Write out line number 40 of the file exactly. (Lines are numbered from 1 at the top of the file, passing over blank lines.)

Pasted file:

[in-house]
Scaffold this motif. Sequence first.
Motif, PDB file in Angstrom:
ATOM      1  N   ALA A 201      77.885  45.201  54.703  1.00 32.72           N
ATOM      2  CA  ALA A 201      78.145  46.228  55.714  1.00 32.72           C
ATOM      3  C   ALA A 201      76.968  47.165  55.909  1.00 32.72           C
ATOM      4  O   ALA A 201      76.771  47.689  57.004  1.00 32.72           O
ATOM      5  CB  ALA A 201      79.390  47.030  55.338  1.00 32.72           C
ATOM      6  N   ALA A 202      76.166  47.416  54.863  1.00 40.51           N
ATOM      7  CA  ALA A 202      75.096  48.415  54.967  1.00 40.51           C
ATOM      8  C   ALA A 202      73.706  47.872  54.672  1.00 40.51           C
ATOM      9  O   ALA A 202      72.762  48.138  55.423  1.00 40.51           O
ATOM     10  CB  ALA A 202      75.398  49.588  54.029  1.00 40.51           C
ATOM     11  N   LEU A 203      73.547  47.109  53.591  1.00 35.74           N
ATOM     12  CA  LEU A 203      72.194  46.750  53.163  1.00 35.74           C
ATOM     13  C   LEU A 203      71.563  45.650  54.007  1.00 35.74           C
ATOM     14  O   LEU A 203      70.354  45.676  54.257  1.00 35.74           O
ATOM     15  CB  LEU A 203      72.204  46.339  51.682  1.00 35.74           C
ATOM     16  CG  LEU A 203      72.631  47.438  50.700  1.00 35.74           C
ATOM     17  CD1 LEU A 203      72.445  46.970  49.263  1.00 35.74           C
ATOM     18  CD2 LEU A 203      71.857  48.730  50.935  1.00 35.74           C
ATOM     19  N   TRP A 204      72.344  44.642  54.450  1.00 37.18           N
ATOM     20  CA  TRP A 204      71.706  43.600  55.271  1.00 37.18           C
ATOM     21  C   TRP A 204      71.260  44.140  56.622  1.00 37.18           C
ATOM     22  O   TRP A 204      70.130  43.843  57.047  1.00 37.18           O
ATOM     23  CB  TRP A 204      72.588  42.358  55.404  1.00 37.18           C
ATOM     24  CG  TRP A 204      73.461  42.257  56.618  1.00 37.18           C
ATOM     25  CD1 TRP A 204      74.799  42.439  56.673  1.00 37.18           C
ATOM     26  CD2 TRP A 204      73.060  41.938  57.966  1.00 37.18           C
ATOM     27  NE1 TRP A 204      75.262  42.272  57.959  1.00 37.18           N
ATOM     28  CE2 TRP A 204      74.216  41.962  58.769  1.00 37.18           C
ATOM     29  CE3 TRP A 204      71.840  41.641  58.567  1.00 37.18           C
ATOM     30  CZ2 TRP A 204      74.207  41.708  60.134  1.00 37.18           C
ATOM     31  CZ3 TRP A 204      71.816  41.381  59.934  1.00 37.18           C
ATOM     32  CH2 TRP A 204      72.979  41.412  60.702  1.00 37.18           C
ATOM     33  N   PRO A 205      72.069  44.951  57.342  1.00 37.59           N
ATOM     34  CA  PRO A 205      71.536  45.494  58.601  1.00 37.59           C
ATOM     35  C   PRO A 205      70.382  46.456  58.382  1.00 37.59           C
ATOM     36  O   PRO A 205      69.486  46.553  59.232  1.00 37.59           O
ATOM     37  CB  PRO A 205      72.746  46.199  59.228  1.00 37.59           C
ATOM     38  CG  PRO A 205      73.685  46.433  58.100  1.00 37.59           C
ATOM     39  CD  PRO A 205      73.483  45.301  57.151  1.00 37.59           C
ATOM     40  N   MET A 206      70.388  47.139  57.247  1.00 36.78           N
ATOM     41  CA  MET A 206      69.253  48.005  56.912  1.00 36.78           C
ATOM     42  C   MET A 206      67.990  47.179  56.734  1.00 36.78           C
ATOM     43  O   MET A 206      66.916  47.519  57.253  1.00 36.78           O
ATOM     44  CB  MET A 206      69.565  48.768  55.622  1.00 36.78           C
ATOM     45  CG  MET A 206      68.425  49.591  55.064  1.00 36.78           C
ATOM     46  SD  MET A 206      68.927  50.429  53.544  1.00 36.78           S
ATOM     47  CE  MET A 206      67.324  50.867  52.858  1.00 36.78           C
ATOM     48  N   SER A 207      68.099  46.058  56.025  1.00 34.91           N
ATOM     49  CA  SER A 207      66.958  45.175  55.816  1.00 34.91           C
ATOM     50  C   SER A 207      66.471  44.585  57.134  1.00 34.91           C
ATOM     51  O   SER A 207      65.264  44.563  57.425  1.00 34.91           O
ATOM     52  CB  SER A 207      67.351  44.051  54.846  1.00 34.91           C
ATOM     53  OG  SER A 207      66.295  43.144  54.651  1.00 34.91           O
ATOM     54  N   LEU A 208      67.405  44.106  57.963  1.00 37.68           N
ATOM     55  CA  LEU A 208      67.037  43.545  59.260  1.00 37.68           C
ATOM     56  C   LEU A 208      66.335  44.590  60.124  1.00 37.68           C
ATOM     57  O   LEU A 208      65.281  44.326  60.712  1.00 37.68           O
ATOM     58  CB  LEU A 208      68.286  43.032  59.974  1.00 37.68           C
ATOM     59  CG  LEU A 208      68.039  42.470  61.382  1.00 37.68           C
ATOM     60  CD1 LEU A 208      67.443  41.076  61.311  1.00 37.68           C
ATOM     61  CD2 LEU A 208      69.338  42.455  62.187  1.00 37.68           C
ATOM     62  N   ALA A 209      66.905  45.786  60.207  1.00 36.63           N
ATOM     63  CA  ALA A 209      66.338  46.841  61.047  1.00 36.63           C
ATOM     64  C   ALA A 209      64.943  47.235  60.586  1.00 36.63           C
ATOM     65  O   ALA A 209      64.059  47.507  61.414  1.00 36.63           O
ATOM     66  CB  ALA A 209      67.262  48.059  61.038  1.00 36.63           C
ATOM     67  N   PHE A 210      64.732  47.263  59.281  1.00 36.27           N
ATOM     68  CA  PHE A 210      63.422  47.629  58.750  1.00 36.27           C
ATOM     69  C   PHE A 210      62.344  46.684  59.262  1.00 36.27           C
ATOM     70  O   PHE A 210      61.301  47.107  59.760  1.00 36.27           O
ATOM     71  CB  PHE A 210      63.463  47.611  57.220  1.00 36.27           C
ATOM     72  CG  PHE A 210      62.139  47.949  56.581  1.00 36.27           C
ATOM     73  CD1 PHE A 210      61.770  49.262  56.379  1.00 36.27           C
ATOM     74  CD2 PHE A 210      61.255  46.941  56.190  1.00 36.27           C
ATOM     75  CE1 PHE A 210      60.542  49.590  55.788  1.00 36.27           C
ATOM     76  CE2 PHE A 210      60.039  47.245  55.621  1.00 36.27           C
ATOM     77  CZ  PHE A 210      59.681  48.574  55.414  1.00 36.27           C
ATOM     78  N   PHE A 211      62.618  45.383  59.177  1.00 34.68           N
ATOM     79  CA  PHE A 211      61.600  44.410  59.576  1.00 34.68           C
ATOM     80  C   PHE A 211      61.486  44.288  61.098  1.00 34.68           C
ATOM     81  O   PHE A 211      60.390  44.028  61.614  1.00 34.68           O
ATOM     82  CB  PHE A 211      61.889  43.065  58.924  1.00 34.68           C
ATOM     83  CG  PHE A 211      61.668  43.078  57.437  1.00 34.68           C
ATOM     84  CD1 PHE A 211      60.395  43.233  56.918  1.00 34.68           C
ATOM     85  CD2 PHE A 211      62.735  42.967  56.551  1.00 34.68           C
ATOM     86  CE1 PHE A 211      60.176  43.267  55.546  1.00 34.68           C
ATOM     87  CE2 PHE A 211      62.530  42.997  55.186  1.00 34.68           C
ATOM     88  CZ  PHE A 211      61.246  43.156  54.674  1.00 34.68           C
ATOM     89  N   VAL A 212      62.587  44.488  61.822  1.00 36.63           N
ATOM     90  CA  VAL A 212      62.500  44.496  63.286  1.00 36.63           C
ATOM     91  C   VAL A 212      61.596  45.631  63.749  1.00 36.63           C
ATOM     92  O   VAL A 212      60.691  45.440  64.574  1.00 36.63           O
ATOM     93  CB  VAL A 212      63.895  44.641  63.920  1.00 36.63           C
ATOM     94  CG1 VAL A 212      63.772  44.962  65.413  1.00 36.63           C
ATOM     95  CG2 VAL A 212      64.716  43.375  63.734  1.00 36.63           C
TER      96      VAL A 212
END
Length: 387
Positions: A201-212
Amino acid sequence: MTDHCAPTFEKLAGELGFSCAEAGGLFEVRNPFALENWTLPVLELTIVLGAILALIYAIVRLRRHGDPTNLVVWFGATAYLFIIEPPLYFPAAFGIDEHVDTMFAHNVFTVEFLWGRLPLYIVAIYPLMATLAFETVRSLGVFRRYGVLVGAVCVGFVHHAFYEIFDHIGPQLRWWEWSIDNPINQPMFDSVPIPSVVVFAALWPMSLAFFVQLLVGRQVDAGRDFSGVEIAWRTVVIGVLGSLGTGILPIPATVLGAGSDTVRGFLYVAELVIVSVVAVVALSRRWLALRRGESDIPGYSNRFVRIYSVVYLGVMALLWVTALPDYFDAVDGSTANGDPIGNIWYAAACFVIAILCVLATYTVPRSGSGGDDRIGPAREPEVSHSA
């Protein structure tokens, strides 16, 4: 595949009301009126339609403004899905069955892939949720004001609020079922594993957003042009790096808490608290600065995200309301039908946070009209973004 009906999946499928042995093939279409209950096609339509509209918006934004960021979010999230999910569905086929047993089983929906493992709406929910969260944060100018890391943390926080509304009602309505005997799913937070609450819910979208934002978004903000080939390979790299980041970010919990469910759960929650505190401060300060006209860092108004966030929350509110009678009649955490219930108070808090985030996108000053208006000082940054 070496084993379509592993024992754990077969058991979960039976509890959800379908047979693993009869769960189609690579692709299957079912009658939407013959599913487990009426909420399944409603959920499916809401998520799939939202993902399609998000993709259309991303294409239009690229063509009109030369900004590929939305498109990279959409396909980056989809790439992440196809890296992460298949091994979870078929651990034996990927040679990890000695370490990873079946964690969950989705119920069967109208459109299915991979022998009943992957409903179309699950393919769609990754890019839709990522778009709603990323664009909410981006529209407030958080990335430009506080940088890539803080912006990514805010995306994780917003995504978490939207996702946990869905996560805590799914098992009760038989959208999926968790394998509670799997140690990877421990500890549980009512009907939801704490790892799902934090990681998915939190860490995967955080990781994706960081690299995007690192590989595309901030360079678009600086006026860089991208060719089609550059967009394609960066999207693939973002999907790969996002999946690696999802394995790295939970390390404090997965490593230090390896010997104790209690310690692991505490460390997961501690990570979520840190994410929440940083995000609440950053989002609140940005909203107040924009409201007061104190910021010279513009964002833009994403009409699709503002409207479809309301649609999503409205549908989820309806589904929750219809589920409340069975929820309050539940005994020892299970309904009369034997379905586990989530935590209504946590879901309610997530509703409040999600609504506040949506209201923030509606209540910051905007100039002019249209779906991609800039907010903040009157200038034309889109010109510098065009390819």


ATOM     37  CB  PRO A 205      72.746  46.199  59.228  1.00 37.59           C